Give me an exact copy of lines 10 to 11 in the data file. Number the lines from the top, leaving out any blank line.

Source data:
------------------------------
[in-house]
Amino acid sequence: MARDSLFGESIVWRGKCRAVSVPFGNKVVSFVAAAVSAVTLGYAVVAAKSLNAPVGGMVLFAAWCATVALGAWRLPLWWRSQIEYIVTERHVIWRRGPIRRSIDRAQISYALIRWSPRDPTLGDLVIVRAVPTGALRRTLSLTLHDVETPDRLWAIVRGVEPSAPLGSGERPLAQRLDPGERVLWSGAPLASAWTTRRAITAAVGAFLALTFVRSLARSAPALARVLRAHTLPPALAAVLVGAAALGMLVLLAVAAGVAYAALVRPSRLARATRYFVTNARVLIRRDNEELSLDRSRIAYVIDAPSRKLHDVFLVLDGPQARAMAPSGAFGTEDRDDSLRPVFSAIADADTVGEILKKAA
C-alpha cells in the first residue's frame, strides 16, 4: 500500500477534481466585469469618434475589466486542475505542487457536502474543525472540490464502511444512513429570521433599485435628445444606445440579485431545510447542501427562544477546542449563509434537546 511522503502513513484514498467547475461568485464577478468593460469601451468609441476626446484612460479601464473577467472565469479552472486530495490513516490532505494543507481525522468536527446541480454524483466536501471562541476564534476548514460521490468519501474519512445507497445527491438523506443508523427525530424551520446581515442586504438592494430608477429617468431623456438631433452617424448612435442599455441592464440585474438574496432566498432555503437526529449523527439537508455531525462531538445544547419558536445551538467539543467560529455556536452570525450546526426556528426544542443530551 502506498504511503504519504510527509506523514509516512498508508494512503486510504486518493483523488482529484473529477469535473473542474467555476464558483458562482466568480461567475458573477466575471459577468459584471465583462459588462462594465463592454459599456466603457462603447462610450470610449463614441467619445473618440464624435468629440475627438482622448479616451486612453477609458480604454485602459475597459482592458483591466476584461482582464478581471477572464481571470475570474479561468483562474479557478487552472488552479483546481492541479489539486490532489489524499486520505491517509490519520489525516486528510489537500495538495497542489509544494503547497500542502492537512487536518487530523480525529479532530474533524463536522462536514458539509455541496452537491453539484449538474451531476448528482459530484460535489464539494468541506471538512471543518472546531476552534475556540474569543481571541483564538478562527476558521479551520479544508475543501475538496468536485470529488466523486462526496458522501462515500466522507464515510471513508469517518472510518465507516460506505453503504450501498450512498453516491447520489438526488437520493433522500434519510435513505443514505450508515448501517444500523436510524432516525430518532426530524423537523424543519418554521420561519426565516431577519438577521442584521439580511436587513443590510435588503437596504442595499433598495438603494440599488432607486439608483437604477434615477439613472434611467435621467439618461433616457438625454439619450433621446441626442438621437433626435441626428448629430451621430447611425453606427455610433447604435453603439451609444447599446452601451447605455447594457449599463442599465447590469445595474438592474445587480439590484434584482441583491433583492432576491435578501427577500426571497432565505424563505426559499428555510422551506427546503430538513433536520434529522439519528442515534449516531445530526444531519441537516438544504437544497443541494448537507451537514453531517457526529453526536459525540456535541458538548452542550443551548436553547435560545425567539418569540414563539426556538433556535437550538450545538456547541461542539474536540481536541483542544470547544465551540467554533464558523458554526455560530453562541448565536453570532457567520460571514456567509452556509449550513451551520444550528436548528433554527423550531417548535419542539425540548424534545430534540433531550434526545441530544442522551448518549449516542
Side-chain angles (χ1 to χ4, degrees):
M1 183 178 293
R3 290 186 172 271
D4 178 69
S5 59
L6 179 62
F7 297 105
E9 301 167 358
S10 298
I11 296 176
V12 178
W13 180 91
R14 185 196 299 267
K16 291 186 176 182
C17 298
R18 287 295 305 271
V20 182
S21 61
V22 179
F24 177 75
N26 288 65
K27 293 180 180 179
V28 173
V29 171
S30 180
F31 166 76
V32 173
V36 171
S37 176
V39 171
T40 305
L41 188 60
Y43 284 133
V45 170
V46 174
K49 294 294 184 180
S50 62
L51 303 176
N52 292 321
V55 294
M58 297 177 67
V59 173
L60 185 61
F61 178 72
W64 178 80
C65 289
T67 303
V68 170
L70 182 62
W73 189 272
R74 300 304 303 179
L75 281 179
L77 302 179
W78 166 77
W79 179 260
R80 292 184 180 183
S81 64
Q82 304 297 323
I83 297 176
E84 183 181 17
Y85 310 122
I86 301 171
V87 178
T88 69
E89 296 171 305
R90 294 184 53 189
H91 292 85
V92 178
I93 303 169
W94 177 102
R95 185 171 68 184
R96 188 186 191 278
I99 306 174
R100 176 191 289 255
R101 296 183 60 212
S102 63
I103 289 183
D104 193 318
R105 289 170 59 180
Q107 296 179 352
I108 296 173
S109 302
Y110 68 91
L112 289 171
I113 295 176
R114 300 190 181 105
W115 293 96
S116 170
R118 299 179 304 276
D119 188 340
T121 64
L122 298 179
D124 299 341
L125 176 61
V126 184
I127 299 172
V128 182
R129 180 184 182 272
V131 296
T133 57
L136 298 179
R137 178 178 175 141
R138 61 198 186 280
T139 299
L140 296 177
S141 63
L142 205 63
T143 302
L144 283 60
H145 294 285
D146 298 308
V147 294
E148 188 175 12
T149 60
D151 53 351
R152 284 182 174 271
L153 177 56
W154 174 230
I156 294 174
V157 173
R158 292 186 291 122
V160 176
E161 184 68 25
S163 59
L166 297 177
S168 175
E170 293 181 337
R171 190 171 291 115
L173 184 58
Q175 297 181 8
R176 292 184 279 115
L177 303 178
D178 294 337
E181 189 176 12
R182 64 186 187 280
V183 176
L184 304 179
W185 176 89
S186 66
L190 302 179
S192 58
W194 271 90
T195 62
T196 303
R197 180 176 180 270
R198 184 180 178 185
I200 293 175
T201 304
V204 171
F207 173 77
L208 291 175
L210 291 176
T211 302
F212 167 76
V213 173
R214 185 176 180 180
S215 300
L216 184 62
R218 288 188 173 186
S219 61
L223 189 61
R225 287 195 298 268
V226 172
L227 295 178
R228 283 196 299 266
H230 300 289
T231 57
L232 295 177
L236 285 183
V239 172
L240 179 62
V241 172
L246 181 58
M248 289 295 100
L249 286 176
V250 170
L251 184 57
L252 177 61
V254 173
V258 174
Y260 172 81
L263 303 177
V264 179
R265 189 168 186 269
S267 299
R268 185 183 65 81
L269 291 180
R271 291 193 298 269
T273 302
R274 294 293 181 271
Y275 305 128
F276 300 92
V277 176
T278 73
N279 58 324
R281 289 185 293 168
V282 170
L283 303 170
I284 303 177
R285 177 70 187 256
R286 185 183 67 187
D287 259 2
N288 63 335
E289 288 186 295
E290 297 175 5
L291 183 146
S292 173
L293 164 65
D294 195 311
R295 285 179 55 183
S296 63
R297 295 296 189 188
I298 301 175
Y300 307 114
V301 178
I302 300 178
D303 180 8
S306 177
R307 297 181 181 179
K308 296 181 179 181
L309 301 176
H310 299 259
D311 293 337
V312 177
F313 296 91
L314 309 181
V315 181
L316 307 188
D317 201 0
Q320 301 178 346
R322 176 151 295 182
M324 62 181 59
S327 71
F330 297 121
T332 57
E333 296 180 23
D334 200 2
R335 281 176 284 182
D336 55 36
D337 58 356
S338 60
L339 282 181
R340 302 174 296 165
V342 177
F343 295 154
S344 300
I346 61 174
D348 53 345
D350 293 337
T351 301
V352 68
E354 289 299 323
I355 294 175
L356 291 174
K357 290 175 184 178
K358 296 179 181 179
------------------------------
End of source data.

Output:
F7 297 105
E9 301 167 358